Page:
Book Reviews: November 2021

Two e-books and two audiobooks, all read while studying for my finals.

  1. And Every Morning The Way Home Gets Longer and Longer

Alternative title: Darling Difficult You

Rating: 5/5 stars

Favourite quote: “Noahnoah, promise me something, one very last thing: once your good-bye is perfect, you have to leave me and not look back. Live your life. It’s an awful thing to miss someone who’s still here.”

Read this if you like: Old people & crying (I love those things, which may explain my rating)

And Every Morning the Way Home Gets Longer and Longer brings you into the headspace — and heart — of an elderly man with dementia. He’s a husband, a father, and a grandfather but he forgets it all sometimes. The short book can get confusing, but it will break your heart in the hour or so it takes to read.

It sure broke mine, though it was already my third time reading it. I don’t normally read books twice in the same year, but in light of recent events (my grandmother with dementia passing away), I re-read it. And I cried multiple times. 

This is a lovely little book about many things: the very special relationship grandparents have with their grandchildren; how we inherit things from the people we love, knowingly or not; and how dementia affects everyone around a person. It’s about the relationship among generations, and how they’re complex and simple at the same time — but are always bound by love, and maybe some fear.

This book definitely takes multiple re-reads to really understand and appreciate. I might have to pick it up again next year.

  1. A Closed and Common Orbit (Wayfarers #2)

Alternative title: I Think It’s Time I Explained Planets

Rating: 5/5 stars

Favourite quote: “Oh, no, this isn’t trouble. It’s gonna be work, yeah, but it’s not trouble. The galaxy is trouble. You’re not.”

Read this if you like: Sci-fi, slice of life, social issues

The second book in the Wayfarers series, A Closed and Common Orbit is told from the current perspective of Sidra (formerly Lovelace), an AI learning how to be human, and the past perspective of Pepper (formerly Jane-23), a young girl learning how to be human. 

I loved the first book, The Long Way to a Small, Angry Planet, so I had to read this. I was initially disappointed to learn this book didn’t involve a single character in the Wayfarers crew, but was a spin-off involving 2 characters that had been briefly mentioned. They weren’t the most likeable, but I liked them a lot anyway. The 3 secondary characters were also dear to me — especially Owl, who I was always rooting for.

I went through a similar journey as I did with the first book: starting off slow and lazy to read, but eventually getting VERY engrossed. The book was similarly slice-of-life, but with more plot and higher stakes. I also loved how the book sparked conversation about labourers and the exploitation without being too in-your-face about it.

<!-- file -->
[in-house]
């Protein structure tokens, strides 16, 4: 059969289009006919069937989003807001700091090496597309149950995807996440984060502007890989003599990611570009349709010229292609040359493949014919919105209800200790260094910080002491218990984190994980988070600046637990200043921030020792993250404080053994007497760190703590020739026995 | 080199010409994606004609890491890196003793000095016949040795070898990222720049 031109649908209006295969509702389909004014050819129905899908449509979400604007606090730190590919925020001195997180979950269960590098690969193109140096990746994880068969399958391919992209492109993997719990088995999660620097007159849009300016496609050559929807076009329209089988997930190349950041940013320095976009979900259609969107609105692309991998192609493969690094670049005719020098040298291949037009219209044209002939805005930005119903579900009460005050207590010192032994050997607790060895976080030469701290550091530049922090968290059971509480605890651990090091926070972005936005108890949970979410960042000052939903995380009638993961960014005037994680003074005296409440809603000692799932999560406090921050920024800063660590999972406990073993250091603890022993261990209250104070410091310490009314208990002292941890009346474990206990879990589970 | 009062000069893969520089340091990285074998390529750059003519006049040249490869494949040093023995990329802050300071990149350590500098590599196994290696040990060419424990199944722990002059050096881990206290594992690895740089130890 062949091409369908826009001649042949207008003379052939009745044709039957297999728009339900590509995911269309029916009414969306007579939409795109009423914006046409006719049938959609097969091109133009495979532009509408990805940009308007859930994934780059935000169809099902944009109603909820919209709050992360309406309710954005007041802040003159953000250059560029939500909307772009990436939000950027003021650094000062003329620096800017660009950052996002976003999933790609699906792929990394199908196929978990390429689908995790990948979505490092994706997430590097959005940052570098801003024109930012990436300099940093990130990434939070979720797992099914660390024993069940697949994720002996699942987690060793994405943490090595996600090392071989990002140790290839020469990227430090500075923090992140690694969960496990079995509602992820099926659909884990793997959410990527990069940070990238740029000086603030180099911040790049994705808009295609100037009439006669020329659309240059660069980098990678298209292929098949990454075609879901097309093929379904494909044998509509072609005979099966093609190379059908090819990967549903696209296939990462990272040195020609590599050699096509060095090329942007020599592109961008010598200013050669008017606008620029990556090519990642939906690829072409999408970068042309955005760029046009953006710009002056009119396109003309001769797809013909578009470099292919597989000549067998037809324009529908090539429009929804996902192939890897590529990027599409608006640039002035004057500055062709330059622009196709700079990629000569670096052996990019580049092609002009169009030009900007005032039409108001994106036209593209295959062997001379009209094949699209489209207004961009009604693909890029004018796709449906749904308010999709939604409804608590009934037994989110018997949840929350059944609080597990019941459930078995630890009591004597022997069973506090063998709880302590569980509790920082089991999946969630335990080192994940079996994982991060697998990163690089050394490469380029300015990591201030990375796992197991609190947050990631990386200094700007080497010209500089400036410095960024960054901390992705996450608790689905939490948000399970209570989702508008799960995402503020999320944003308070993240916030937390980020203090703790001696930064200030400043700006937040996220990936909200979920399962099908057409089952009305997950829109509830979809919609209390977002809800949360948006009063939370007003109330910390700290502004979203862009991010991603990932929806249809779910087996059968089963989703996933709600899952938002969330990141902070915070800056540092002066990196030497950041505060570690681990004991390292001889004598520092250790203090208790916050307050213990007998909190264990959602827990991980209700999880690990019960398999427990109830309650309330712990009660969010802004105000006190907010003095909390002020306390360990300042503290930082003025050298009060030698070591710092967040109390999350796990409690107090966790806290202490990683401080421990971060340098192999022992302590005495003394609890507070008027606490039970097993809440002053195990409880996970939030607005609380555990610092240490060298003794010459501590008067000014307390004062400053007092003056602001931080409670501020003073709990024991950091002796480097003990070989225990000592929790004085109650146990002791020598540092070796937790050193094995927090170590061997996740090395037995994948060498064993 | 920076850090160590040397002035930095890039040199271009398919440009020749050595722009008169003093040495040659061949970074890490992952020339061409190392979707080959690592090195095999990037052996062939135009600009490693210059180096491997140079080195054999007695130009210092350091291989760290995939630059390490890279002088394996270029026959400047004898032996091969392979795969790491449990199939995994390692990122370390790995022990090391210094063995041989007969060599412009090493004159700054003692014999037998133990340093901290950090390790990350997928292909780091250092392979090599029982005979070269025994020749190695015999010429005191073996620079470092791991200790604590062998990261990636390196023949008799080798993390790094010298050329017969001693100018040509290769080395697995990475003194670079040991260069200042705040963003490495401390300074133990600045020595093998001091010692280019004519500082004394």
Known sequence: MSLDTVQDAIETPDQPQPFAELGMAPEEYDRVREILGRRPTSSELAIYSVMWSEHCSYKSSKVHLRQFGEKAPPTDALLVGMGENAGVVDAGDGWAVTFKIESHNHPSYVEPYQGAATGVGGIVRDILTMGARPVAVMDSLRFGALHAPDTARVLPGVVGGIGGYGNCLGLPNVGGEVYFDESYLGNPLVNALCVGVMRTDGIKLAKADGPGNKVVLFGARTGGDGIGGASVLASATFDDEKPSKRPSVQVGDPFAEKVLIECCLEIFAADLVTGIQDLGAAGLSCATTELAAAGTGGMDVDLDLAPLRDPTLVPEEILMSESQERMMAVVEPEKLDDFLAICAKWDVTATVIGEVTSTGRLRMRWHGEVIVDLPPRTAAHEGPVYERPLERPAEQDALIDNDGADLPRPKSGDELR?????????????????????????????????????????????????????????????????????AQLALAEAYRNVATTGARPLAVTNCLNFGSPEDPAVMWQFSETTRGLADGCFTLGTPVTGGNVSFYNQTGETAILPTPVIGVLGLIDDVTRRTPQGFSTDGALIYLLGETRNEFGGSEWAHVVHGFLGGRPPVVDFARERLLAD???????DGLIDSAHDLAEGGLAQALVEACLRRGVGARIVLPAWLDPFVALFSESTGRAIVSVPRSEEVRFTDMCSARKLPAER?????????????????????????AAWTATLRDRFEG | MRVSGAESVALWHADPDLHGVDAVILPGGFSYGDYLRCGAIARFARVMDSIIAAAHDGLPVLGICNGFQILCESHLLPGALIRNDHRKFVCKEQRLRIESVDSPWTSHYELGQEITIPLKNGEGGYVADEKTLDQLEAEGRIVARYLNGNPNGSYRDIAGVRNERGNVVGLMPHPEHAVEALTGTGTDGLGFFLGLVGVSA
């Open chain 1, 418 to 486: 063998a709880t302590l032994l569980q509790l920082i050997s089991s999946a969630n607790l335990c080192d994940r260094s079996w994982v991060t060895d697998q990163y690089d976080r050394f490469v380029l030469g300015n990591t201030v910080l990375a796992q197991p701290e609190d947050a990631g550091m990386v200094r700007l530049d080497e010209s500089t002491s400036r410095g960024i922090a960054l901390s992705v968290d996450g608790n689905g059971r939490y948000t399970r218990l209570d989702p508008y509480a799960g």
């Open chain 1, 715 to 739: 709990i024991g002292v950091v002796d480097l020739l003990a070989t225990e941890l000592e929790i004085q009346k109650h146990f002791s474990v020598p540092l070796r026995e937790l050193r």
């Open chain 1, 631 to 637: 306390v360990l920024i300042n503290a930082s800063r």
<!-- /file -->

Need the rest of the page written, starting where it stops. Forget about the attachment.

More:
I can’t wait to read the 3rd book next year.

  1. The Poet X

Rating: 3/5 stars 

Favourite quote: “My brother was birthed a soft whistle: quiet, barely stirring the air, a gentle sound. But I was born all the hurricane he needed to lift — and drop — those that hurt him to the ground.”

Read this if you like: Young adult, coming-of-age, poetry

I haven’t exactly read many young adult coming-of-age poetry books, but I think The Poet X is one of a kind. It’s about a young Hispanic girl learning to find her voice through poetry, but it’s also about her relationships with those around her — especially her extremely religious and strict mother. 

The author created a very real and likeable main character, setting her up marvellously in the first half of the book. Perhaps that is why the book fell short in the second half, specifically the last third. The issues were either rushed through, ignored, or wrapped up in a neat little bow. Or, as I wrote in my personal notes: “Girl needs therapy, not immediate forgiveness for her family.”

Still, this short book (the audiobook clocks in at just 4 hours) sure packs a punch.

  1. In The Heights: Finding Home

Rating: 4/5 stars

Read this if you like: In The Heights???

In The Heights: Finding Home focuses on BOTH the musical and movie versions of In The Heights, Lin-Manuel Miranda’s first musical. Considering how the musical took 6 years to perfect and 10 years to make it to the silver screen, there’s quite a lot to write about.

I love books and I love musicals. Back in August I watched the In The Heights movie alone, and since then the soundtrack has ruined my Spotify Wrapped 2021. It goes without saying that I loved learning about the musical and its music came to be (though I’m disappointed that there was no explanation for why my second favourite song Everything I Know was cut from the soundtrack). Still, I got a little sick of how often the book talked about the cast and their camaraderie. We get it, you love each other a lot.

Overall it’s not an award-winning book by any means, but a very cute one nevertheless. I’d love to see more of such books for my many other favourite musicals.


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